Sir David Attenborough opened the first exhibition of J.M.W. Turner’s original work in the great landscape artist’s house in Twickenham on January 10th.
Sir David, who was born in Isleworth and has lived in Richmond for nearly 70 years, declared the exhibition open with the words,
“I would say to local people come here, because this is a joy.”
” I thank you all as a local resident.”
” I can imagine Turner now walking to Richmond Park, there is a lot of Turner still around here, but you won’t find it as vividly and as movingly as you do in this most beautifully and lovingly restored house. I congratulate all those who have been responsible and am privileged to declare it open.”
Thanks to a generous loan from the Tate, the exhibition Turner and the Thames: Five Paintings, features rare oil sketches at Sandycombe Lodge, 40 Sandycoombe Road, St Margarets, Twickenham TW1 2LR.
Sir David was given a private tour by the House Director Ricky Pound and trustee and curator of the exhibition, Andrew Loukes who explained that before its award-winning restoration two years ago, the house had looked very different to the house which JMW Turner had designed for himself.
“Of course, I knew that Turner was around here, but I never dreamt that there was a hidden gem like this. And it was hidden, of course, because it was rendered on the surface and had accretions of one sort or another; you could have walked up and down Sandycoombe Road all your life and never known that this was the place of the greatest 19th century painters,” Sir David remarked.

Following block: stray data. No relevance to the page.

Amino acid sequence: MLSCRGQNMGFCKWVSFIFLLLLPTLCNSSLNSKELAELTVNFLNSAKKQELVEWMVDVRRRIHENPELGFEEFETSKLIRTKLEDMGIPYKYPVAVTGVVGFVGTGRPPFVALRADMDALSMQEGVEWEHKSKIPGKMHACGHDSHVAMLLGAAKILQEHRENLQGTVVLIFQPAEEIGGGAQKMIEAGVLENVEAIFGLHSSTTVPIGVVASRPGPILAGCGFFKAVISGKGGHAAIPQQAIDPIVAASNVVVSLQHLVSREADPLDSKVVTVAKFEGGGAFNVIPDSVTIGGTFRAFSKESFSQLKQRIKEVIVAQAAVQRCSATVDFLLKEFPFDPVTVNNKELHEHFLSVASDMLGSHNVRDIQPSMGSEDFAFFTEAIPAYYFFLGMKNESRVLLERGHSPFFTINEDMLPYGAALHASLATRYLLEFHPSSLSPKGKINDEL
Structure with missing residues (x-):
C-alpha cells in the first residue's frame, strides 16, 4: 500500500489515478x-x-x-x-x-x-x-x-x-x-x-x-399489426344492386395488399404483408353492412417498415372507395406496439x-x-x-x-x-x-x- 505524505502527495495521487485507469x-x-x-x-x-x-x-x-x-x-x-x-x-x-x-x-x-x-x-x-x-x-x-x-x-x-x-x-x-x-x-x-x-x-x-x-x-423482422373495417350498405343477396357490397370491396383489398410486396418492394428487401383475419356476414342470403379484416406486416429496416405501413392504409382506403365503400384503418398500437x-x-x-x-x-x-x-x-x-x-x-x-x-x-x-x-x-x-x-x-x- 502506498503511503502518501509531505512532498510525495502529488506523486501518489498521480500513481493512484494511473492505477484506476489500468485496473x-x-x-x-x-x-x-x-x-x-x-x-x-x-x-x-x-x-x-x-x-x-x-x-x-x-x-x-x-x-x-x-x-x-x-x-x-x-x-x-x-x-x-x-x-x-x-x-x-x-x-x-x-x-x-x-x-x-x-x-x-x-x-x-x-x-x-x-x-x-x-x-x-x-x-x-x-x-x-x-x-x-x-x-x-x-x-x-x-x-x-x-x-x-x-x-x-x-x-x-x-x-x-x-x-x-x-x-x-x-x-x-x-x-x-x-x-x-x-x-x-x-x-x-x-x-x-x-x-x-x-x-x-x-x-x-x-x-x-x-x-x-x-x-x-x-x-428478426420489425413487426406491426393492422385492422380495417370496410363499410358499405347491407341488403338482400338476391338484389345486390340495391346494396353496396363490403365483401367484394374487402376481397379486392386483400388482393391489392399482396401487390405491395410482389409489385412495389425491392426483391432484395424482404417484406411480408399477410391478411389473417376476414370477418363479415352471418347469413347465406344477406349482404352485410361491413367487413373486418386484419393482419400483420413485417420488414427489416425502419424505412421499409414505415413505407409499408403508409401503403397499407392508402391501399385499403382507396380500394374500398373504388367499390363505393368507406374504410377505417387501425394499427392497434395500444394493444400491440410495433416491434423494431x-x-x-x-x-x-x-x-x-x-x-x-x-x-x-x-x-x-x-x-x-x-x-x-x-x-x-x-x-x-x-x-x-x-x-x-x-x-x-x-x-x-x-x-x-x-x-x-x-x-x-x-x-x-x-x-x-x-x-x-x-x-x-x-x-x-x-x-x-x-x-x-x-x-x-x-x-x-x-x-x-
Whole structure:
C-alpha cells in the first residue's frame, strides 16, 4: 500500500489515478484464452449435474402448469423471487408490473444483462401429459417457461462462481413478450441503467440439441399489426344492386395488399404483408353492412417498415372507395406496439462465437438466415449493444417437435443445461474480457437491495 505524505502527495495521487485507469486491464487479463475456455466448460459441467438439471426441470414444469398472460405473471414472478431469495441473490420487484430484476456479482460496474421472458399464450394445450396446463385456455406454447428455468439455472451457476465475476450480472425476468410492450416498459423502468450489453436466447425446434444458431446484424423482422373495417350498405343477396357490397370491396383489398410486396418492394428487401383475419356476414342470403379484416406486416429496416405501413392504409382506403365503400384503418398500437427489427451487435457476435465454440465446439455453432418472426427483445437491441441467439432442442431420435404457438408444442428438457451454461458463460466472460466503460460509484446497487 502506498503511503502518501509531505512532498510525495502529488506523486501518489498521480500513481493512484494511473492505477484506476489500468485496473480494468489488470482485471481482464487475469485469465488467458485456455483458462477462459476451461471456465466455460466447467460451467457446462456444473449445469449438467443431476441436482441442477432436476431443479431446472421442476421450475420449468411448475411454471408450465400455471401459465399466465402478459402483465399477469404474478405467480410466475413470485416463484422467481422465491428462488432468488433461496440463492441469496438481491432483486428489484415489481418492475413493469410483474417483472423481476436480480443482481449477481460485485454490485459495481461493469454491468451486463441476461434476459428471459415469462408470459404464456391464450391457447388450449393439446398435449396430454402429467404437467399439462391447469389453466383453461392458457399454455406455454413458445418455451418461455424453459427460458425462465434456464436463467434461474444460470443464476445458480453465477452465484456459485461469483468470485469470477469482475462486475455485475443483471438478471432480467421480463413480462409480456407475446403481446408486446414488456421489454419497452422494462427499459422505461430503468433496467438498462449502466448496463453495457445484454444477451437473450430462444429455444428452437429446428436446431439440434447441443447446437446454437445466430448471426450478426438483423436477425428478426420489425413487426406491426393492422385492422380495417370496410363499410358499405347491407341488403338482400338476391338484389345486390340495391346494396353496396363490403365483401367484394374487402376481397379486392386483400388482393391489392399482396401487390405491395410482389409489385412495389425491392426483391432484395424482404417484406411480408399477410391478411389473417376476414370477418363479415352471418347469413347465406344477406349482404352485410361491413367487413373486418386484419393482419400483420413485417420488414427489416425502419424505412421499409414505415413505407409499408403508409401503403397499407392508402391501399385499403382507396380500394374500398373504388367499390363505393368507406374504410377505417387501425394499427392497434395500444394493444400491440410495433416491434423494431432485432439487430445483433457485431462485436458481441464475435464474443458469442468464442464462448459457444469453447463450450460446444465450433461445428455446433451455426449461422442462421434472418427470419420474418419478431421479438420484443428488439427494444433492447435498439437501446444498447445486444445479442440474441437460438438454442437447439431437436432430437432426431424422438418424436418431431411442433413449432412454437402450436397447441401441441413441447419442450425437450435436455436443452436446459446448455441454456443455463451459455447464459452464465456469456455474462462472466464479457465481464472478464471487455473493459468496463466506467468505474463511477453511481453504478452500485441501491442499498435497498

“The scholarship, the insight and the care of local people who rescued and revealed it is really astonishing.”
Sir David enjoyed meeting “Old Dad”, a feature in the kitchen, where the shadow of Turner’s father, who lived with his son in Twickenham, speaks to visitors,
“…downstairs there is an extraordinary stroke of genius. Really, really remarkable and only achievable, I imagine, in a little place like this, where you can walk in and see a silhouette of an old, toothless chap sitting in a chair smoking a pipe - Turner’s father. I’ve never seen a device like this before, its original and I congratulate whoever did this.”
He was also impressed with the restoration of the original brickwork and the hand-blocked wallpaper hung in the large bedroom, recreated from a tiny old scrap of original wallpaper. Sir David congratulated
“all the local people and art historians who have given such care and imagination and love in bringing this house back. Removing the render, taking such care in getting the right sort of contemporary wallpaper, reconstructing the wallpaper upstairs from a little fragment. It’s an extraordinary journey of imagination that you can make… this is a time machine.”